A team of scientists in Japan has developed a novel method to induce stem cell production from blood samples from dogs. With this technology, the scientists hope to advance regenerative therapies in veterinary medicine. This would mean that in the near future, veterinarians may be able to reverse conditions in dogs that were previously thought to be incurable.
Dogs have been loyal human companions since their domestication thousands of years ago. With various improvements in veterinary medicine over the past few decades, their life expectancy has increased. However, an unfortunate side effect of this longevity, similar to that in humans, has been an increase in the incidence of chronic and degenerative diseases.
In humans, modern efforts to combat such diseases have led to the development of regenerative therapies, largely based on stem cells. These “baby” cells have the potential to differentiate and mature into many specialized cell types – what is known as “pluripotency”. By transplanting stem cells and directing their differentiation into desired cell types, researchers can effectively regenerate damaged tissue, thereby reversing the course of various complex diseases. Although this technology is being studied extensively in humans, the potential for stem cell therapy in dogs is lacking.
To this end, a team of researchers from Japan, led by Associate Professor Shingo Hatoya of Osaka Prefecture University, worked to isolate “induced pluripotent stem cells” (iPSCs) from dog blood samples. iPSCs are a type of stem cell that can be “programmed” from a developed (or “differentiated”) cell by introducing a specific set of genes into it. These genes code for proteins called “transcription factors” that induce the change from a differentiated to a pluripotent stem cell, which can then mature into different cell types. iPSCs can multiply very quickly and offer a reliable supply of suitable stem cells for regenerative therapies. “We have successfully established an efficient and simple method for generating iPSCs in dogs from mononuclear cells in the peripheral blood,” explains Dr. Hatoya. He emphasized the importance of these results to veterinary science and hoped that in the near future it “may be possible to perform regenerative medical treatments on dogs”. These results were published in the journal Stem Cells and Development.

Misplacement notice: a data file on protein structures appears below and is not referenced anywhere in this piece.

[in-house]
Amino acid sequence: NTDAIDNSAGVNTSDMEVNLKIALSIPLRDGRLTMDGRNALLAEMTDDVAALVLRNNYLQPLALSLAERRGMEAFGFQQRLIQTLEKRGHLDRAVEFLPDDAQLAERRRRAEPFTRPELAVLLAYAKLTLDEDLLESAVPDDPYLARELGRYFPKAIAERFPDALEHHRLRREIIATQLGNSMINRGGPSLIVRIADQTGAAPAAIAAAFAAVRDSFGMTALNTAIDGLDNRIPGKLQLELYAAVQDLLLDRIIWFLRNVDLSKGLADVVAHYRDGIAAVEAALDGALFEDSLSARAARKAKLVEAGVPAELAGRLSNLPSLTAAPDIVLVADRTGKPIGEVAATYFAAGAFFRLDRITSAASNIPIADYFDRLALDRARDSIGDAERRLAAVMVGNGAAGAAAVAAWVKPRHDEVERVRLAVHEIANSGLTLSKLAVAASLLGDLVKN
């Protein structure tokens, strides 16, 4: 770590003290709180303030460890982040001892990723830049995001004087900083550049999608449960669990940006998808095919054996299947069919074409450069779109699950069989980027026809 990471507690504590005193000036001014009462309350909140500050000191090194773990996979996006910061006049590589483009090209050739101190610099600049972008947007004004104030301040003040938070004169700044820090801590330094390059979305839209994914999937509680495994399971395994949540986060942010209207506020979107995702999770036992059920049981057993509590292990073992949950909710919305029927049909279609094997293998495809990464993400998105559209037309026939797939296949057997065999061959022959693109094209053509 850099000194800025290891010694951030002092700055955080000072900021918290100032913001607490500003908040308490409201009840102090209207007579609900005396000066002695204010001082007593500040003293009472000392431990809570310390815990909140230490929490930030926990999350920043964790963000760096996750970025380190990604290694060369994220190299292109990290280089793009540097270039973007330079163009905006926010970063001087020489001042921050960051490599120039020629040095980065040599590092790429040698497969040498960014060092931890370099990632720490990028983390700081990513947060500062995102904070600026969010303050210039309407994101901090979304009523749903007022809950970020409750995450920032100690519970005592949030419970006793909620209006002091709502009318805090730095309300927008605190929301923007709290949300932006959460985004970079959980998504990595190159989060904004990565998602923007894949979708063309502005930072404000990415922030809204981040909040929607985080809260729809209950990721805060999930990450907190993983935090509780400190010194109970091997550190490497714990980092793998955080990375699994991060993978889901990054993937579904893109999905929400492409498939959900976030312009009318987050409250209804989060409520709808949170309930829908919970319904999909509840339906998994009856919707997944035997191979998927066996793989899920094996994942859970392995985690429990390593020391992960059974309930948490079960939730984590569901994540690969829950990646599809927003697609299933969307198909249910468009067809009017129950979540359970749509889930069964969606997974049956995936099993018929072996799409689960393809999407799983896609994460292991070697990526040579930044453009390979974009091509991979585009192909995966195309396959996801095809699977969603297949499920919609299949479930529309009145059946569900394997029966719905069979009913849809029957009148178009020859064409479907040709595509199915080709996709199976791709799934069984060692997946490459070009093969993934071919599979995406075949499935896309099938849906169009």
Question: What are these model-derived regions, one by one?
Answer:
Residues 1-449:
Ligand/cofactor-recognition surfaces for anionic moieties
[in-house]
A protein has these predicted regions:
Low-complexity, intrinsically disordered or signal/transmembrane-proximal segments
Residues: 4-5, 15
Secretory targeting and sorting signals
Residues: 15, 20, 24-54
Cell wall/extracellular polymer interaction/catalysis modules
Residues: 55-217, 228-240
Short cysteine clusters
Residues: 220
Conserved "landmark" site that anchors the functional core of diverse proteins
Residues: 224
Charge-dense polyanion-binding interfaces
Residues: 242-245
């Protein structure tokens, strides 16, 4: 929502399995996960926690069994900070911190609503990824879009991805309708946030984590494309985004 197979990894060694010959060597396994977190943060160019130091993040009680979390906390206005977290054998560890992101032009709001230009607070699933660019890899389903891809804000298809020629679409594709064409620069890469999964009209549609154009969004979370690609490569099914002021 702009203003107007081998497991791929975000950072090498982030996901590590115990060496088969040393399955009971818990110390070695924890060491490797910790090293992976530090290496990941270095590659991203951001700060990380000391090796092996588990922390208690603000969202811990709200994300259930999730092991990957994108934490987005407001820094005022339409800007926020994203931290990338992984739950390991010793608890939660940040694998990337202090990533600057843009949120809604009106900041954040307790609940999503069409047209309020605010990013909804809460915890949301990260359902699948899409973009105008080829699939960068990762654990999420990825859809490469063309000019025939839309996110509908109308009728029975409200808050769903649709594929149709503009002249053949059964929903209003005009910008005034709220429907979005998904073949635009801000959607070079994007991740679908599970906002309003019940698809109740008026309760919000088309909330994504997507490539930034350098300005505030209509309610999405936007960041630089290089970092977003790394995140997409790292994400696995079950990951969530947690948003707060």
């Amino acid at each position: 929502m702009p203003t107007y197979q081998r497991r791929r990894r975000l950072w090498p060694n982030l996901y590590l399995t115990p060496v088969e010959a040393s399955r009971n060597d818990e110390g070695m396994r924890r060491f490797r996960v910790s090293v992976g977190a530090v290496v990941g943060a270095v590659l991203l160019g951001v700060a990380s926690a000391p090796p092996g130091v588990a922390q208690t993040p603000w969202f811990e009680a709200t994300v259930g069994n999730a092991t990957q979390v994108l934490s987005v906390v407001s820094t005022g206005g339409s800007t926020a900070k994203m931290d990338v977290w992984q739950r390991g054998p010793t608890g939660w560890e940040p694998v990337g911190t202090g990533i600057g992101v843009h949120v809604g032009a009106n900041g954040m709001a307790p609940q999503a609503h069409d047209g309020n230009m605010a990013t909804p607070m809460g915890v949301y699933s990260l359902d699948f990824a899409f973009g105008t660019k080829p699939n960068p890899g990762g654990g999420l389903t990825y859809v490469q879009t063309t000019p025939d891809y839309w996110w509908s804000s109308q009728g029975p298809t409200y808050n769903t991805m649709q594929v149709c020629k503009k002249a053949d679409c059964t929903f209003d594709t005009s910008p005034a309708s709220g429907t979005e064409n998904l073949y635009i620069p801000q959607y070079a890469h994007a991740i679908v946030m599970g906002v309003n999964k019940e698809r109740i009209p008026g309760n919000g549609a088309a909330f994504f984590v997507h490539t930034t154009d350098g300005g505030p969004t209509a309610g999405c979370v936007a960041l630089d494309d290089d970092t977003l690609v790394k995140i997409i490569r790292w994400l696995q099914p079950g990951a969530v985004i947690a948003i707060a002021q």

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Previous attempts by these scientists to create iPSCs from canine blood cells using viral “vectors” to deliver pluripotency-inducing transcription factors have not been as effective as hoped. Therefore, in this study, they tested a different combination of inducing factors that they believe are key to harnessing the full potential of these cells. Above all, the researchers had to control how the reprogrammed cells replicated in the host body. Viral vectors encoding pluripotency-inducing transcription factors can be used to infect blood-derived cells and convert them to iPSCs; However, the researchers had to be careful: because these vectors are integrated into the host genome, re-expression of these pluripotency factors in the host cell can lead to tumor formation when these cells are transplanted into patients. To avoid this, the team developed “footprint-free” stem cells using a certain type of viral vector that can generate iPSCs without genomic insertion and automatically “silenced” via “microRNAs” expressed by the cells. Then they cultured these cells in a special type of media that contained various factors that increased their pluripotency (including a “low molecular weight cocktail”). In fact, these cells grew and successfully developed germ layers (which form the basis of all organs).
Fascinatingly, these results paved the way for a simple stem cell therapy technique for man’s best friends. “We believe that our method can facilitate research involving disease modeling and regenerative therapies in the veterinary field,” says Dr. Hatoya. Additionally, the authors believe that additional research on regenerative therapies for dogs could have some ripple effects for human medicine. “Dogs share the same environment as humans and spontaneously develop the same diseases, especially genetic diseases.”
Transferring findings from one area to another could mean that veterinarians will be able to find treatments or even cures for some of the diseases that still affect humankind.